In experiments in mice, Michael Rudnicki, an MDA grantee at the Sprott Center for Stem Cell Research at Ottawa Hospital Research Institute (OHRI), and colleagues, found the WNT7a protein stimulates muscle repair by causing proliferation (an increase in number) of "satellite stem cells." They say the protein probably operates similarly in humans. The findings were published June 5, 2009, in the journal Cell Stem Cell.
Satellite cells are located near mature muscle fibers in mice and humans and stay in a dormant state until called upon for repair work. In earlier experiments, Rudnicki found that some satellite cells function as stem cells and maintain overall numbers of satellite cells. He distinguished these from other satellite cells, which are in various stages on the road to becoming muscle tissue.
|MDA grantee Michael Rudnicki says the findings about WNT7a point the way toward developing drugs that can stimulate muscle repair.|
In muscular dystrophy, satellite cells are believed to become depleted quickly because tissue damage places great demands on them for repairs. Enhancing their numbers could slow the process of muscle degeneration, even in the face of disease.
"In muscle degenerative diseases, one of the big problems is thought to be that the muscles run out of repair cells," says Paul Muhlrad, a research program coordinator at MDA. "Rudnicki's laboratory has figured out the biochemical pathways the body uses to maintain the supply."
When the OHRI researchers injected genes for the WNT7a protein into muscle fibers in mice, they saw an increase in satellite stem cell numbers and enhanced muscle regeneration compared to what they saw in fibers that weren't treated this way.
"The identification of satellite stem cells and the pathways that regulate their function is an important advance in our knowledge," Rudnicki said. "We believe that this discovery points the way forward toward the development of new drugs that will stimulate muscle repair."
About Muscle Repair
Improving the ability of muscles to repair themselves in the face of disease has been a major focus of research by MDA for decades. This research is also relevant to muscles affected by aging and various types of injury.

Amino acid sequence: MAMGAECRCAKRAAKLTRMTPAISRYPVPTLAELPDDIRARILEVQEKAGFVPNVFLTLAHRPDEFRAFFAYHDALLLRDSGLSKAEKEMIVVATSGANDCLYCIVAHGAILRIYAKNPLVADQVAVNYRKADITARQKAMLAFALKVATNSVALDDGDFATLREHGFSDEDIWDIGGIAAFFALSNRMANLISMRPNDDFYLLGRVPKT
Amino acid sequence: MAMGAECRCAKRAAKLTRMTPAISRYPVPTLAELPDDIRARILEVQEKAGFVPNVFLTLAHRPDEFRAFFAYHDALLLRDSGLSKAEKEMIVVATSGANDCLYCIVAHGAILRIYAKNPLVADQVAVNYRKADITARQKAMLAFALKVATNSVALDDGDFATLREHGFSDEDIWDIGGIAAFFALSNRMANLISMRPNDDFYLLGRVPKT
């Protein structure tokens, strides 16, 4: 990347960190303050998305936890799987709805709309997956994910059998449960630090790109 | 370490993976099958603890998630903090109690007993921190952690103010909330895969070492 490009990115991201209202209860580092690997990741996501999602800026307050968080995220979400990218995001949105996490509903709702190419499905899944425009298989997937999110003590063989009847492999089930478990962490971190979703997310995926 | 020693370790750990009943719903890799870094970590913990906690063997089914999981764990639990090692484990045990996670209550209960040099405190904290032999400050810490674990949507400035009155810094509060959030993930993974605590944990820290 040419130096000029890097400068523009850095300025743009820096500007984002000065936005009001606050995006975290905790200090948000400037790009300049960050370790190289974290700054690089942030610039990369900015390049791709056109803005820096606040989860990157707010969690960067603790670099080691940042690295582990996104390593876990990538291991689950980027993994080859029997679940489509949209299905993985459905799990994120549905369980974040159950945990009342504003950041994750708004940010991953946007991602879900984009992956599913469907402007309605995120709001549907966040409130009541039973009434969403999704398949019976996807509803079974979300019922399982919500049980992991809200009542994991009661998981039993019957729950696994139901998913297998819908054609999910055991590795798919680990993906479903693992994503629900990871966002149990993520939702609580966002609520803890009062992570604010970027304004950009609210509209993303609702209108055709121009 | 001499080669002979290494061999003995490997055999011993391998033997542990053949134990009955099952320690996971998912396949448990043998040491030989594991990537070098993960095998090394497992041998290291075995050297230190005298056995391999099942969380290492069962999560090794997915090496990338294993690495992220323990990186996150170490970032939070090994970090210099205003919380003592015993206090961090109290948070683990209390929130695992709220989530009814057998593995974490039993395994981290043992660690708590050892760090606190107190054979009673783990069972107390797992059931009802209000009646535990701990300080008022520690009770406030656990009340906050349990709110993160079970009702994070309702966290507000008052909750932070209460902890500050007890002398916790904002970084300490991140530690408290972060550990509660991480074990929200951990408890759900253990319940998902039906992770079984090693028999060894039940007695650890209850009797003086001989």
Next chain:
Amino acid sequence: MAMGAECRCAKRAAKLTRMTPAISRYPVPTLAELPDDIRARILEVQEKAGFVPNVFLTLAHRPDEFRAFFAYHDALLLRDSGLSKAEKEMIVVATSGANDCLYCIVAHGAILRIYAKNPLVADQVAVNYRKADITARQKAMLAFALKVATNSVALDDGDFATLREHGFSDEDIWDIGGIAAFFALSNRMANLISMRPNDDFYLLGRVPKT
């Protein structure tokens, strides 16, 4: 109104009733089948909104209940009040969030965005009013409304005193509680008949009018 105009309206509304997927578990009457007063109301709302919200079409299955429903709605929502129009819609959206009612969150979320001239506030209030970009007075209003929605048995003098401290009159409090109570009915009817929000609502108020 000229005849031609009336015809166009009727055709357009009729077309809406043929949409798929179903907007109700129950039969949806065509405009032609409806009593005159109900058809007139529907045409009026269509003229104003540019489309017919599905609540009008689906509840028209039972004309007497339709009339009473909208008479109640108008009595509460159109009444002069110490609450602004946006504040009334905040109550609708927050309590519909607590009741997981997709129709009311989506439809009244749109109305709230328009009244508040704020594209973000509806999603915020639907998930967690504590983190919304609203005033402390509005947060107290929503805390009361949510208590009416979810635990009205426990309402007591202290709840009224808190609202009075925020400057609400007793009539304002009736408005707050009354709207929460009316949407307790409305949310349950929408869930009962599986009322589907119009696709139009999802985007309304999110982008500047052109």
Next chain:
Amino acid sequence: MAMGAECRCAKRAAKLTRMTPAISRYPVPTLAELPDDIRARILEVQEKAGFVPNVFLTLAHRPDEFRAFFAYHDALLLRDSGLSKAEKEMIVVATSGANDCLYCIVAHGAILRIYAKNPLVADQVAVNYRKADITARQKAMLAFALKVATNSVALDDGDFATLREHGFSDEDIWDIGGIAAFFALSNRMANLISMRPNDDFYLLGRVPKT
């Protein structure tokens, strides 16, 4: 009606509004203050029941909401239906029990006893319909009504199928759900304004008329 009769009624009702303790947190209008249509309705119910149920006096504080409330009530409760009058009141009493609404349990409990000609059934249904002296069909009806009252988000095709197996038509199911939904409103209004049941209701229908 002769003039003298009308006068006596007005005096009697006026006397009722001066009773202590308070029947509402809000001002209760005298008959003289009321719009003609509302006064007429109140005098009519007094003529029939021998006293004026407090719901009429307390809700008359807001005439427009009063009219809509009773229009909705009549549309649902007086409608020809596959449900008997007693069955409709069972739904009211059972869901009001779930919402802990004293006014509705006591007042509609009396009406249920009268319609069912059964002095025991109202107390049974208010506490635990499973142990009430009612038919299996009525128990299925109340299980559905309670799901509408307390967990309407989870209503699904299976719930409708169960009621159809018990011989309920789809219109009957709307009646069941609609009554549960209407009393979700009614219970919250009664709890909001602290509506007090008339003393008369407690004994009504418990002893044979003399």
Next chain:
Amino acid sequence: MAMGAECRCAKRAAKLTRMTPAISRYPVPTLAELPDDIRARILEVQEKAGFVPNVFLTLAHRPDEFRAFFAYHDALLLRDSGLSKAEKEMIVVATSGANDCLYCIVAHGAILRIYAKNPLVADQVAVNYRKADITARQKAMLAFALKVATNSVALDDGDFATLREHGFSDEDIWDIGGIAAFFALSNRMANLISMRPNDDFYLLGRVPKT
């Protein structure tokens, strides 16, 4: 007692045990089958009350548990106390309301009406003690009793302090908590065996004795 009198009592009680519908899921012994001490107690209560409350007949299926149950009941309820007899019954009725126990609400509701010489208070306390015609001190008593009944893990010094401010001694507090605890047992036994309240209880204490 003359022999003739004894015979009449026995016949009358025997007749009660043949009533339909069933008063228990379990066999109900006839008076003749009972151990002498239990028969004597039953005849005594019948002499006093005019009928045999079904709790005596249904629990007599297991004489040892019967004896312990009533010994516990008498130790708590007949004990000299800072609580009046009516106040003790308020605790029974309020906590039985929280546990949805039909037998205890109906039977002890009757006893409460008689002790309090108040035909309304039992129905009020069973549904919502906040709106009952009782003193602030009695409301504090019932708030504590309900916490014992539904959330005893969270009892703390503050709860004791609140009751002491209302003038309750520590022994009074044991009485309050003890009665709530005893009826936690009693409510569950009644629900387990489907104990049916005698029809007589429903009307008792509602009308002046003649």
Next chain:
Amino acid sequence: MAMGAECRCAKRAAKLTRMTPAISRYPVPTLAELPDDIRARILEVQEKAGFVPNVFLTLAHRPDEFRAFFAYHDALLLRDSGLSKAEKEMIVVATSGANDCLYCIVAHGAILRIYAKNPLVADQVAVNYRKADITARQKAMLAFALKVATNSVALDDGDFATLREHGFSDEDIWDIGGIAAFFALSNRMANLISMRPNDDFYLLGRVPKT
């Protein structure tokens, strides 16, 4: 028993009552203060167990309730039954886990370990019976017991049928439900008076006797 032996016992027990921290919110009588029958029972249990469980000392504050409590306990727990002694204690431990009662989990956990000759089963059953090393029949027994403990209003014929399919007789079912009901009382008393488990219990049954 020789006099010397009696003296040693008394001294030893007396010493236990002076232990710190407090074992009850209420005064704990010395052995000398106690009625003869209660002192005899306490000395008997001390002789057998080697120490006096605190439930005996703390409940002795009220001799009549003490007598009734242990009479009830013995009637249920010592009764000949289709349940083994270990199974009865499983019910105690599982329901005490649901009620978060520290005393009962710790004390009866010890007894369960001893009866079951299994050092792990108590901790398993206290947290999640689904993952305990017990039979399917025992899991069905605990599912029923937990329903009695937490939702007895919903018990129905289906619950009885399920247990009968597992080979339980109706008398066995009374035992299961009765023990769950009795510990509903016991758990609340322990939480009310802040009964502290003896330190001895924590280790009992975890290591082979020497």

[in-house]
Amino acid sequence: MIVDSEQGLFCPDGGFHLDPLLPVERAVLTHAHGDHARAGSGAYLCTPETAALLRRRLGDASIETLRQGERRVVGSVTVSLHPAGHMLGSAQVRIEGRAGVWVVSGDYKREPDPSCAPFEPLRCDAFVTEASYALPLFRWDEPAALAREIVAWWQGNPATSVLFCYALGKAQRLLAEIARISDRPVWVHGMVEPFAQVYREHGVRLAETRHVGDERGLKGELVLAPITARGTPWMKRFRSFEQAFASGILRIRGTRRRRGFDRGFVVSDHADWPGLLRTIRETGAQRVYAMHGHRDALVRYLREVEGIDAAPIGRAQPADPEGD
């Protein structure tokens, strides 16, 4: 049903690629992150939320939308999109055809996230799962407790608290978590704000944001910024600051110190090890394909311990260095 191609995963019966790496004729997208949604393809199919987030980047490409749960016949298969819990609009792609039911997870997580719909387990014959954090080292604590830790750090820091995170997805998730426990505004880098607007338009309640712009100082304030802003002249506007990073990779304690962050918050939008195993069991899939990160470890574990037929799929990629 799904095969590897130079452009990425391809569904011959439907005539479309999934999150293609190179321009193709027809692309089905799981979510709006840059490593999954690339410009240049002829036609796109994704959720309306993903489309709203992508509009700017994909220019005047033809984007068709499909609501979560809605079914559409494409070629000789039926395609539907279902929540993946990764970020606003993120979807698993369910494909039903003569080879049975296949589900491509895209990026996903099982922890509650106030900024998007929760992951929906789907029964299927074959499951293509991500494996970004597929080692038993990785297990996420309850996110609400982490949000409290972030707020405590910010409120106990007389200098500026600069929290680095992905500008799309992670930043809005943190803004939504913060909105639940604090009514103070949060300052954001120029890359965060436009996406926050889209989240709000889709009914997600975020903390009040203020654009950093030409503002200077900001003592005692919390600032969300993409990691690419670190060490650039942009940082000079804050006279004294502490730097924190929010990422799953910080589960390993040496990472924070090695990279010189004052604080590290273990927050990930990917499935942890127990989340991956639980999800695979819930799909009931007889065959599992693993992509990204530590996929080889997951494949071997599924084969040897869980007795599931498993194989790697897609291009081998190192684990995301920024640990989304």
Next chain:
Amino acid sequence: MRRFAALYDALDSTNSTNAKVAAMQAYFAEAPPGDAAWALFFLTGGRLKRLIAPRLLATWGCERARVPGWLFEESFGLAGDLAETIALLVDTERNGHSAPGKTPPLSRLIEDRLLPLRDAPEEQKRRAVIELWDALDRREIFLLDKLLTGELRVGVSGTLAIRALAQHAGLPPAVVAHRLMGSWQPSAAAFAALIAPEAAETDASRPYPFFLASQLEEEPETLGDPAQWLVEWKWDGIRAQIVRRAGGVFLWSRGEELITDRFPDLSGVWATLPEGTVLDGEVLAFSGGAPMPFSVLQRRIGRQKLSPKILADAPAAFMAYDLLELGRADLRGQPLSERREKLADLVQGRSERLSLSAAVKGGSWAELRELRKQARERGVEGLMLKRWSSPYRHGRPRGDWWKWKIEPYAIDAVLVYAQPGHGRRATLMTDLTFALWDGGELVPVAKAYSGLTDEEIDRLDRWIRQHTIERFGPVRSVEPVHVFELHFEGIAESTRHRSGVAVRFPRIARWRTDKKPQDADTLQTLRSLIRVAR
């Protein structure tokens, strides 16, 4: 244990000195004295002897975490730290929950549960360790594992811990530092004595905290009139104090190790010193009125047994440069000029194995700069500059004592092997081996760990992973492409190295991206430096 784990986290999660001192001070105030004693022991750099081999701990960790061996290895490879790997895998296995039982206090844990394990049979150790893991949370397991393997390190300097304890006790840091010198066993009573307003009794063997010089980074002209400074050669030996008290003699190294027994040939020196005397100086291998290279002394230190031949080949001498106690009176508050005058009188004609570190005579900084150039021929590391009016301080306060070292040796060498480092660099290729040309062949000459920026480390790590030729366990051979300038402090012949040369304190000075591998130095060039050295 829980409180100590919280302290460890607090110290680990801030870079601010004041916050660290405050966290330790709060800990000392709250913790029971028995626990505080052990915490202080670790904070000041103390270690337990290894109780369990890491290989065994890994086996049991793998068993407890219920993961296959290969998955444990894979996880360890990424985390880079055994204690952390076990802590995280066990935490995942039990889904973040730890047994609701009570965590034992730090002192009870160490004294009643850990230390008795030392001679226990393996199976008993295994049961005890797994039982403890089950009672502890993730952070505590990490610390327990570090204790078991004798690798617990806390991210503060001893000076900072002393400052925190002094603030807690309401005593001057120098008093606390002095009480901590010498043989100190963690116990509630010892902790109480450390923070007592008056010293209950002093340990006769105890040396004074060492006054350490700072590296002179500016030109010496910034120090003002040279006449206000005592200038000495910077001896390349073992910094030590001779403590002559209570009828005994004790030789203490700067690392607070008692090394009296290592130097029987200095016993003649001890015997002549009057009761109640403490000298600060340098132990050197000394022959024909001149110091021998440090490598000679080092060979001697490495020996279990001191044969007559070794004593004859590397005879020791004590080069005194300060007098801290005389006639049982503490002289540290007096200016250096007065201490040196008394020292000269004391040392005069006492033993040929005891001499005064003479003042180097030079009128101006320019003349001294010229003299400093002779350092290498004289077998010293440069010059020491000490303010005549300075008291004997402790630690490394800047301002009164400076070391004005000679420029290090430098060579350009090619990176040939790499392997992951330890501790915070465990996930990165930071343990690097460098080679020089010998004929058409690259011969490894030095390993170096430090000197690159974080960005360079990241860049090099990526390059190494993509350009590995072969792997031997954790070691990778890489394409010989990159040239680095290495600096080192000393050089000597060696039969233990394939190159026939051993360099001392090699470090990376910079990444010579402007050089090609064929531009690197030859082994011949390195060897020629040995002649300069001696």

In the early 1990s, MDA sponsored a number of clinical trials in which immature muscle cells called "myoblasts," taken from healthy relatives, were transplanted (injected) into the muscles of patients with Duchenne muscular dystrophy.
It was hoped that these cells would repair damaged muscle fibers in the patients. However, very little such repair was seen.
MDA researchers have since learned that most of the cells selected for transplantation were too far along in their maturation to join existing muscle tissue. They were not sufficiently flexible, or "stemlike," to perform the repair functions the scientists had hoped to see.
In the last two decades, Michael Rudnicki and other MDA-supported researchers have contributed much to the body of knowledge about muscle stem cells, satellite cells and myoblasts.
Satellite cells, they've found, can divide to form two new satellite cells, each with the potential to remain dormant until repairs are needed in muscle fibers. Or, they can divide in a different way, so that one cell remains a "stemlike" satellite cell and the other becomes a myoblast and moves into a damaged muscle fiber.
The first process increases the supply of potential repair cells, a supply that's depleted quickly in muscular dystrophy. The second allows the repair work to be done by myoblasts while maintaining adequate numbers of satellite cells if repair demands aren't too great.
Identifying the biochemical steps that underlie these processes should allow scientists to alter the balance between them and ultimately lead to better treatment of muscle degeneration.